A lot of people think they are lazy or that they have become lazy.
In reality, it may be a misdiagnosis. How do I know? I have been there!
The reality, most likely, is that you are in a safety, protection-triggered mental state.
Lack of motivation masquerades as laziness.
The two major duties of your brain are:
1) Safety. It is there to protect you from failure, disappointment (from yourself and others) or shame. This is also what is called COMFORT ZONE.
2) Energy conservation. The brain is configured in a way to take screenshots of events/happenings and record your response/reaction to them thereby creating a pattern.
Anytime a similar circumstance arises, your brain goes into action mode, brings out the pattern and re-enacts it to save you the energy of trying to figure things out all over again. Except you consciously make the effort to break free from that mental cage in order to produce a different result.
It doesn’t want you to exert energy on a situation you’ve been through where a pattern has already been created. It wants you to flow with the already created pattern instead of doing something new that will require energy.
This is the reason why a lot of people keep repeating the same kind of mistakes or even success, it becomes a default mode and replicates itself.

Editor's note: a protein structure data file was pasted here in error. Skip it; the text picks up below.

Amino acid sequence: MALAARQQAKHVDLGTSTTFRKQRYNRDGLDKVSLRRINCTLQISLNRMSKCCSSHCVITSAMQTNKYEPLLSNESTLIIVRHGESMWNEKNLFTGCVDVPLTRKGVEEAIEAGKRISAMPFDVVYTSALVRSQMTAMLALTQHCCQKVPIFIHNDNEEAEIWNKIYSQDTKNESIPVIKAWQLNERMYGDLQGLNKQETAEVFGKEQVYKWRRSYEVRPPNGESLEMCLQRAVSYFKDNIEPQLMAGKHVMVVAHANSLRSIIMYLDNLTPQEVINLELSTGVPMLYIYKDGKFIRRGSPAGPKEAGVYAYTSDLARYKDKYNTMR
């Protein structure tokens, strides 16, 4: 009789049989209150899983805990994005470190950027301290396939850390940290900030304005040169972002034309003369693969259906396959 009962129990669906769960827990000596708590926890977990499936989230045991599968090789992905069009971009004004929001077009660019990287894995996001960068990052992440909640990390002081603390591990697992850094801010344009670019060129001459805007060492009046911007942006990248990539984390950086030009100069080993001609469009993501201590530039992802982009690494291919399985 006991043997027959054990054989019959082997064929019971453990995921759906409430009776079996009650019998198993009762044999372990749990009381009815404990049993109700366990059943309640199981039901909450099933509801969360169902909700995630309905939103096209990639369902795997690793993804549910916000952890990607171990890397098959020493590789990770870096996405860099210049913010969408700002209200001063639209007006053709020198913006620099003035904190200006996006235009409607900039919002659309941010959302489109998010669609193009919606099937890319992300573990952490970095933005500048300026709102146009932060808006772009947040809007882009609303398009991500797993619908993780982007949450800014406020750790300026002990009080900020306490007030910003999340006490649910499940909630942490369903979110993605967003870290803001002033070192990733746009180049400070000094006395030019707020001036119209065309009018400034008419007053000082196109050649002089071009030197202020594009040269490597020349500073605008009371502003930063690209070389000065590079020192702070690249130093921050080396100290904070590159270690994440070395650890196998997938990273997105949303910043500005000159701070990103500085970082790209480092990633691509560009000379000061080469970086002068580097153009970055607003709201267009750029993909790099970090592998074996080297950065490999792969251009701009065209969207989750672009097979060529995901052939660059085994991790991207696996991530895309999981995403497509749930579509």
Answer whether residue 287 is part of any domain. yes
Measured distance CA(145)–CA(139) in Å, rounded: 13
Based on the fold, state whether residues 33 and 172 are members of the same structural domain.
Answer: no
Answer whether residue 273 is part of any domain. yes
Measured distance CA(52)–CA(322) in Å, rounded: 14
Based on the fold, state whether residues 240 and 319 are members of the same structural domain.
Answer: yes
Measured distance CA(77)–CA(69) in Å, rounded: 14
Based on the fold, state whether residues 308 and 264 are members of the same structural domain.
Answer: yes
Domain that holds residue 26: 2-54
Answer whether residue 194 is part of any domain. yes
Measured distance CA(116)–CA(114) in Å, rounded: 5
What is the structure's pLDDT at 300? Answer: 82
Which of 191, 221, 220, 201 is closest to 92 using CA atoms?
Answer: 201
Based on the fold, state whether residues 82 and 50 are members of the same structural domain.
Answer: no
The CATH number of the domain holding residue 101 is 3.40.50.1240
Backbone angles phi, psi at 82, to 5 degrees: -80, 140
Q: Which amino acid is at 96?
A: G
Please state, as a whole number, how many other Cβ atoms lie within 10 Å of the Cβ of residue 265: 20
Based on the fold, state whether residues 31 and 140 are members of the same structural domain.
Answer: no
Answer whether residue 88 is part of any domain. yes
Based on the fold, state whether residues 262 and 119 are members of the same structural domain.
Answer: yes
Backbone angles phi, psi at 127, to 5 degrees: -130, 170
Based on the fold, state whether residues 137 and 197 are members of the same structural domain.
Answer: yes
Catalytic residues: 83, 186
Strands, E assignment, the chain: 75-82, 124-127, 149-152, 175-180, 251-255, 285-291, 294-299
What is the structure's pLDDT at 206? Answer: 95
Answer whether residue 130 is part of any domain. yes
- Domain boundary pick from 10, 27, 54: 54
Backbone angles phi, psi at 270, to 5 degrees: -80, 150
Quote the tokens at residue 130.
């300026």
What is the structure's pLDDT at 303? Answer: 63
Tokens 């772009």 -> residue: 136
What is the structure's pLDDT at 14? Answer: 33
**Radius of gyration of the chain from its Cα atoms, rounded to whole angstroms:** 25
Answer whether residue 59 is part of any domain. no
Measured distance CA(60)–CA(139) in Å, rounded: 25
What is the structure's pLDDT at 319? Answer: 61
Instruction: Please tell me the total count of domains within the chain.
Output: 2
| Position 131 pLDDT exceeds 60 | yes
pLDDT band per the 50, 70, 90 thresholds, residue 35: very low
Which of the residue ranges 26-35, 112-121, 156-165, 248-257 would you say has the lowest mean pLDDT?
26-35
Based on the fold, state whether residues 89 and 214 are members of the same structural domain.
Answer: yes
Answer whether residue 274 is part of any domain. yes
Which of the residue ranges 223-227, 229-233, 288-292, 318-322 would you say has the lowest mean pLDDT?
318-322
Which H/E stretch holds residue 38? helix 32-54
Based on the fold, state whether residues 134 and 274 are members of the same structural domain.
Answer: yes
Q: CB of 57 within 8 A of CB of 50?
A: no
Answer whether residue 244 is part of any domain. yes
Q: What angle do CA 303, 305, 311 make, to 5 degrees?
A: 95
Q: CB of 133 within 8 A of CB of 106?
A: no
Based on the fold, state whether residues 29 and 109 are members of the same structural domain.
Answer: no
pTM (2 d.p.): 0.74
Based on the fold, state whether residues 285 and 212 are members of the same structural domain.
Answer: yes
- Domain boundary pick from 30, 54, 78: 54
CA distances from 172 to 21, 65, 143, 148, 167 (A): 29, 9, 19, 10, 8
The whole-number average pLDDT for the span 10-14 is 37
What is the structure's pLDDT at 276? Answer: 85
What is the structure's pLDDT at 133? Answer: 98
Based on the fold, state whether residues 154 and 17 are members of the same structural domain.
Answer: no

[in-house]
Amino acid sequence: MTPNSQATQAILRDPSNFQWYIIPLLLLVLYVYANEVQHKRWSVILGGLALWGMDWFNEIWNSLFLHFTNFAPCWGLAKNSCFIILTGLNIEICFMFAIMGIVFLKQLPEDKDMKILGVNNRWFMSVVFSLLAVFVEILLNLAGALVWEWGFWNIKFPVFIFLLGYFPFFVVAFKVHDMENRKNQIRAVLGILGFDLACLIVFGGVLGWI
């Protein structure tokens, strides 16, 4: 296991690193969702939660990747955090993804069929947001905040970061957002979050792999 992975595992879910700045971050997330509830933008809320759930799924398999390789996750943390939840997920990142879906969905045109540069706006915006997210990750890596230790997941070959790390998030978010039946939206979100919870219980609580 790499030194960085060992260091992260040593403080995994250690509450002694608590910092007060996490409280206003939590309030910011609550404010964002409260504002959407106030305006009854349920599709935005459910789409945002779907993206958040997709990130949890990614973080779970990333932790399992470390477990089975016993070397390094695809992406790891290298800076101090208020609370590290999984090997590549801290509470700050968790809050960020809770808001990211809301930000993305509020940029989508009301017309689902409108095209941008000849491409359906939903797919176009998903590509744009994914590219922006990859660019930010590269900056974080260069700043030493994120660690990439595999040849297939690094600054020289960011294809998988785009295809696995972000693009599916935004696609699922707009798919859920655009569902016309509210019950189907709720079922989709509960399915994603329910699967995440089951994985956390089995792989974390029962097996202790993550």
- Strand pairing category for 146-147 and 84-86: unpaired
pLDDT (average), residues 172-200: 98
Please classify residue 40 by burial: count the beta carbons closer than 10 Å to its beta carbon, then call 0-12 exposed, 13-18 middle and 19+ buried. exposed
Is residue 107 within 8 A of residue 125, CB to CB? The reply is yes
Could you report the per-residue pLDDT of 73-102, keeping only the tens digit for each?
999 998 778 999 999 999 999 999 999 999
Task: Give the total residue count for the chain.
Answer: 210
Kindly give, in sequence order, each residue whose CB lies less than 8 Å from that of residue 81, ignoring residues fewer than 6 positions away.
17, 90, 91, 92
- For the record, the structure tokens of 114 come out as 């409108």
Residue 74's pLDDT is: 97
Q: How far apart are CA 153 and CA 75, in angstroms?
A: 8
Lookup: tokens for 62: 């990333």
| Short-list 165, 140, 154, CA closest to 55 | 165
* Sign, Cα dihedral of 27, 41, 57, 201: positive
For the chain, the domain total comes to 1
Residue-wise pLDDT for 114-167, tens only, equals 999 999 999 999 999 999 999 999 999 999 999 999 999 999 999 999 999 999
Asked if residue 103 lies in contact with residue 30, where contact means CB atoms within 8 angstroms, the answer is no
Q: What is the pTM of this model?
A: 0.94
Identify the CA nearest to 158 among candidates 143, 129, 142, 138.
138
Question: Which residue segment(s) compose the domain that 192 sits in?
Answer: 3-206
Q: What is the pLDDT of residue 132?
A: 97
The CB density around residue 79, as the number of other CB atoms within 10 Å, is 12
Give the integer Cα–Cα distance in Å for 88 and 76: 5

When a person goes through a phase where they lack motivation, it can masquerade as laziness. Motivation propels towards action.
So, laziness is not the real problem. The protective mechanism of your brain to keep you safe from being disappointed or being ridiculed in case of failure, that’s the real culprit.
Motivation, however, doesn’t stay with you throughout the journey (whatever that is to you individually or per time). You’ll not wake up every day feeling motivated to take the actions required for success. What then happens?
The most successful people became successful not just because they are motivated to do all they need to do to attain success.
There’s a common feature among exceptional individuals, it is the habits they cultivate. The habit of doing what they need to do in the face of difficulty and/or resistance.
Where motivation fails you, habits will carry you through.
Habit is a gatekeeper. These high achievers form a habit of doing the things they need to do in order to be successful. They make a habit of it because it can become difficult to do.
A habit is an acquired mode of behaviour that has become nearly or completely involuntary such that it happens naturally.
So when there’s no motivation, your brain already knows you wake up at 5 am and so it wakes up anyways.
Habits configure your brain to function the way you have programmed it to such that, at a point, you won’t need to make so much effort anymore, you just do those things by default.
You need to learn how to override the activities of your brain that are keeping you in a ‘safety nest’ and install a new desired pattern before you can achieve a different result.
If you don’t like your present result, change your habits. Cultivate new habits that are aligned with your desired goal, consistently stay on it for at least 60-90 days. Then watch your brain take over and make it almost effortless for you.
When you know yourself and are aware of how you function as a human being, you’ll be able to tackle problems precisely instead of treating symptoms.
I hope you find this helpful.
Glitters and Sparkles,